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Andrew McNaughton was born in Moosomin, Saskatchewan in 1887 and graduated from McGill University, holding the degree of Master of Science, with Honours in Electrical Engineering. This interest in science resulted in his invention of the cathode ray direction finder, the direct fore-runner of radar.
He is remembered by most as a military man who later became a member of the Canadian Cabinet assuming the post of Minister of Defence. His many other contributions to Canada are generally not realized.
He became Brigadier-General in 1918, Chief of Staff in 1929, and with the characteristic enthusiasm which he devoted to all his undertakings, secured Canada's place in civil aviation, represented Canada at several important Commonwealth conferences and established army-administered work camps for the unemployed. Work done at these camps created a network of airfields enabling the formation of Trans Canada Airlines, which later became Air Canada.
In 1935, he became President of the National Research Council where he remained until the second World War drew him into active duty once again.
McNaughton was named Chairman of the Canadian Section of the Canada-United States Permanent Joint Board on Defence in 1945 and the next year was appointed not only the Canadian Representative to the United Nations Atomic Energy Commission, but also President of the Atomic Energy Control Board of Canada.
In 1948, he was appointed Permanent Delegate of Canada to the United Nations and a representative of this country on the Security Council.
General McNaughton became a Commissioner of the International Joint Commission in 1950 and shortly thereafter became its Canadian Chairman. During his 12 year tenure in this position, the IJC considered, among other major engineering projects, the development of the St. Lawrence River for power and navigation, the best use of the Columbia River for power in the West and the international tidal power potential in Passamaquody Bay.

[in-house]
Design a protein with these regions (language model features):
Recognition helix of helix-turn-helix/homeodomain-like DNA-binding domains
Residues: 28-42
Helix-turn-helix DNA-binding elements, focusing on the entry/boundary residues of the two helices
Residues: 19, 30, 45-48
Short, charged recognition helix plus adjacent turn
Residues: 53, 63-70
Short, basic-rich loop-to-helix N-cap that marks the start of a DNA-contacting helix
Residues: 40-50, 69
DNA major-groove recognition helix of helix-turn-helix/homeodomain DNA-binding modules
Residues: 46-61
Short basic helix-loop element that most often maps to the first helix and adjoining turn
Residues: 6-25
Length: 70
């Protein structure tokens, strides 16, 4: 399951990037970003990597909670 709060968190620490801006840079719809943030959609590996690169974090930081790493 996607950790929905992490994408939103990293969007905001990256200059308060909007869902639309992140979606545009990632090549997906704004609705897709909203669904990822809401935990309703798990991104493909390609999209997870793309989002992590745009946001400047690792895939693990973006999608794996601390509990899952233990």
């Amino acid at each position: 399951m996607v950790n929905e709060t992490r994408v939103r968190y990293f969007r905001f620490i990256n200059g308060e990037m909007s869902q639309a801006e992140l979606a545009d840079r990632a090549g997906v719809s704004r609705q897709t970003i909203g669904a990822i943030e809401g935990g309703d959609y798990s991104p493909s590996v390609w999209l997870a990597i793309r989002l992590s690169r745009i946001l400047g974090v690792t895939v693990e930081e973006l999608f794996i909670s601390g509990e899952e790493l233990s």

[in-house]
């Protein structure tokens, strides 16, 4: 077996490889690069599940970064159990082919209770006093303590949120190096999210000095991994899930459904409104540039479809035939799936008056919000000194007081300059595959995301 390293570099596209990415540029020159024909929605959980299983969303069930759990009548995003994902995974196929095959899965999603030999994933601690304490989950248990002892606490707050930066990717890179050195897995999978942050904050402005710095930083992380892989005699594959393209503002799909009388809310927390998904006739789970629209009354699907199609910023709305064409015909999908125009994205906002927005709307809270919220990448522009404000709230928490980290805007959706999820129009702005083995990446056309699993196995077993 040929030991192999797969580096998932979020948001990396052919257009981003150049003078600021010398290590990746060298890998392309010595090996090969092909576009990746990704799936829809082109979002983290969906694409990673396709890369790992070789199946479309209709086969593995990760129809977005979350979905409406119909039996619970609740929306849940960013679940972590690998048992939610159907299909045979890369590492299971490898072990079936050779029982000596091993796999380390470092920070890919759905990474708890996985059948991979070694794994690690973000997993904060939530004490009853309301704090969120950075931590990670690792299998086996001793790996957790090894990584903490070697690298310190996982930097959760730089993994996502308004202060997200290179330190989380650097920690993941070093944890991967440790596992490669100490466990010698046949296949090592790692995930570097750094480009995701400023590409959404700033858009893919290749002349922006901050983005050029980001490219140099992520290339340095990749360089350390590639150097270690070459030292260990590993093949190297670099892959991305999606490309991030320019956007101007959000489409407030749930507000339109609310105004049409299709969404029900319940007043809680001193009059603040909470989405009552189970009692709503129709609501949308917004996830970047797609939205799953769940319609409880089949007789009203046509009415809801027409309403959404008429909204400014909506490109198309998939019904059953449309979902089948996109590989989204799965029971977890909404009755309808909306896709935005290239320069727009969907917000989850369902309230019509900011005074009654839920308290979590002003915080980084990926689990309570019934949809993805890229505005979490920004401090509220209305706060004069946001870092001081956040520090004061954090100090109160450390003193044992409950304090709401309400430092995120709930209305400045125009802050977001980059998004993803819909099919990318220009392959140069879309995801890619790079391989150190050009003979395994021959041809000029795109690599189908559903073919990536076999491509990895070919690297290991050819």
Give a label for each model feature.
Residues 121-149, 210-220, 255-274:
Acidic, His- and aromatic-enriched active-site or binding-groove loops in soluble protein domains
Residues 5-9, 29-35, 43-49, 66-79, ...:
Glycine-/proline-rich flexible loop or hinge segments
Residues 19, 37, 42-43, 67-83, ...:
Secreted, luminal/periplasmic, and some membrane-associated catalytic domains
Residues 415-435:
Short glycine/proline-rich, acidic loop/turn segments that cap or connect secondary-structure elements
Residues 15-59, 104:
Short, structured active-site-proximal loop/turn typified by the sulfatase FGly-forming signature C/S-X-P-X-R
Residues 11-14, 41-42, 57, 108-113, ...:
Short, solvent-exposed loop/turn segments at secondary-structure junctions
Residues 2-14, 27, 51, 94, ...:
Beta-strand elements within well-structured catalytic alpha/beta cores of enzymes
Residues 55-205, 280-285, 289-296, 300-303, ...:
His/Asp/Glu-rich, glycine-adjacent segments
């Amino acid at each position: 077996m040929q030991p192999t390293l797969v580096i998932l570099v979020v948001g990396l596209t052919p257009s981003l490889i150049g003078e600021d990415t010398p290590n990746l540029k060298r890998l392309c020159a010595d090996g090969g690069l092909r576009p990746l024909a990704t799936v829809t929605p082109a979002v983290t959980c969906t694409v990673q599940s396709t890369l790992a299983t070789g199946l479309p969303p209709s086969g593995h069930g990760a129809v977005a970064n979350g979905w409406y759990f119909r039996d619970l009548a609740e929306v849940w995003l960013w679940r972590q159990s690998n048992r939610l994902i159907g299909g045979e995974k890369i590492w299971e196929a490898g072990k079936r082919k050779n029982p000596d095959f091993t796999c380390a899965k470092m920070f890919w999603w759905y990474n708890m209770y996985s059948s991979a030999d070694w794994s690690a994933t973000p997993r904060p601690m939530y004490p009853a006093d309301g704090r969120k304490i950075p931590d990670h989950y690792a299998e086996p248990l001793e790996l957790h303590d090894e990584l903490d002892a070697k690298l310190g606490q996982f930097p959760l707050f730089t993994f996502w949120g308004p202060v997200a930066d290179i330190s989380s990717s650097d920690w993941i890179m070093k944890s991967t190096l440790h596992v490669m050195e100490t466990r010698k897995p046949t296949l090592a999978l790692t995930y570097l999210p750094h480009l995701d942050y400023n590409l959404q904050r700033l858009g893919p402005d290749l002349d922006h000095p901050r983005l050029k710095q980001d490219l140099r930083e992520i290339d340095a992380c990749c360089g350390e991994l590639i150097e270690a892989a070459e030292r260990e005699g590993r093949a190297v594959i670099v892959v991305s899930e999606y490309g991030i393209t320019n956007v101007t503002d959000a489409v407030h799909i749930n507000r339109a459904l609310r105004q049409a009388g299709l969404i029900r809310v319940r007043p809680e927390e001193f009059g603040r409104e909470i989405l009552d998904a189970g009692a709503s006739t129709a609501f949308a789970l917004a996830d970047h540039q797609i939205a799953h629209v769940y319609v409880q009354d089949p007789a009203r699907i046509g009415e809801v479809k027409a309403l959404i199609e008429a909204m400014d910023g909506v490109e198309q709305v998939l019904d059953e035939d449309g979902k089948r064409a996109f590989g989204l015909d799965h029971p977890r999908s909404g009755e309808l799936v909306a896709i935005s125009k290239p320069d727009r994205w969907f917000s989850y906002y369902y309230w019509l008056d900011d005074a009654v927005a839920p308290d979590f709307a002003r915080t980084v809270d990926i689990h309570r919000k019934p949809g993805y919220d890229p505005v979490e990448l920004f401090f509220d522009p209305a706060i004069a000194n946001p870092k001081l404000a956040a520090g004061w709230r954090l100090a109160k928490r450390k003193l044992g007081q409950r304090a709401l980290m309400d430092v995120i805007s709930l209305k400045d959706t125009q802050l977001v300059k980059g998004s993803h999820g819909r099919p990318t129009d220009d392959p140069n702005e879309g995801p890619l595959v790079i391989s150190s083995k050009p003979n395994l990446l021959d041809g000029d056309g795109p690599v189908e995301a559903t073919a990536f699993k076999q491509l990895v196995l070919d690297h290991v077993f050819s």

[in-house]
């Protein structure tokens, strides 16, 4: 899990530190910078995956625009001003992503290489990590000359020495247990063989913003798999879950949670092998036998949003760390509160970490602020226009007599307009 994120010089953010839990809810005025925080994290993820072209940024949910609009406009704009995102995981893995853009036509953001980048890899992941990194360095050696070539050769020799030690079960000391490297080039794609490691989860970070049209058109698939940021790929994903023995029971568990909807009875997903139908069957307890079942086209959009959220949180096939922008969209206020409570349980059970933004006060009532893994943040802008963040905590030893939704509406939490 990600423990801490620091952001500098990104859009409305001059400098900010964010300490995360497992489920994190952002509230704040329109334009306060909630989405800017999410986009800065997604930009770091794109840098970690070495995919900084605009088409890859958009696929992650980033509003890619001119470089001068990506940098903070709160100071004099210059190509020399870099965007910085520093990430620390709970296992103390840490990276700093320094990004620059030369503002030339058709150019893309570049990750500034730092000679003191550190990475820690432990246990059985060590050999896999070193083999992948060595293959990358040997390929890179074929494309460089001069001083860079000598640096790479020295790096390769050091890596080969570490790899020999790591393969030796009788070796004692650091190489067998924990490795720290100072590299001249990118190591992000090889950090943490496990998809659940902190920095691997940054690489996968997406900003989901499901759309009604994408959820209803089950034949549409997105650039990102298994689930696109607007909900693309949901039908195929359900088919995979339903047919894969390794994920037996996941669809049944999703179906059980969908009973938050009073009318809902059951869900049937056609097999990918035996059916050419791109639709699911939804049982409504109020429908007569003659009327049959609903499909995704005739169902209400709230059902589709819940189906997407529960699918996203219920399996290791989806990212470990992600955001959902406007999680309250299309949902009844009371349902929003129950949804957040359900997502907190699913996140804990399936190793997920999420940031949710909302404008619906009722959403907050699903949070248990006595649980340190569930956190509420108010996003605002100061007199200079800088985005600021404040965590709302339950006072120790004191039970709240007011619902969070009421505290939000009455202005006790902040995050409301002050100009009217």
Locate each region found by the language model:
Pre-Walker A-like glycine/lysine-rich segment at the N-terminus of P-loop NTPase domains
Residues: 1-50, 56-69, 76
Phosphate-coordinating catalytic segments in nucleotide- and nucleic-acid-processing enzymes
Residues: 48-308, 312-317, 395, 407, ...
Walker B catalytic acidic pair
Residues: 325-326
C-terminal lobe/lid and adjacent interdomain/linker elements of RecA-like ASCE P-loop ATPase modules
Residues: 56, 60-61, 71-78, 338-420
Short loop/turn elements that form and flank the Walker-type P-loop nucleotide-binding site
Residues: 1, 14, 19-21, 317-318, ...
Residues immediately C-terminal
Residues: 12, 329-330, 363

General McNaughton died in Montebello, Quebec, July 11, 1966 and is buried at the Beechwood Cemetery, National Cemetery of Canada, Ottawa Ontario.
Over his lifetime, McNaughton demonstrated his extensive abilities as a diplomat, scientist and politician. Over a period of many years, he was deeply involved with many national engineering decisions.
IEEE Canada and the IEEE Canadian Foundation wish to remember General McNaughton for his contributions to the engineering profession in Canada. IEEE Canada awards the McNaughton medal to recognize outstanding Canadian engineers. The IEEE Canadian Foundation awards scholarships to recognize outstanding Canadian students, and grants to establish and develop IEEE McNaughton Learning Resource Centres. We also remember his address to a graduating class.
Acknowledgement: The portrait of General McNaughton featured here was painted in 1939 by Canadian artist Lilias Torrance Newton and today (2014) is in the library of the National Research Council, 100 Sussex Drive, Ottawa.
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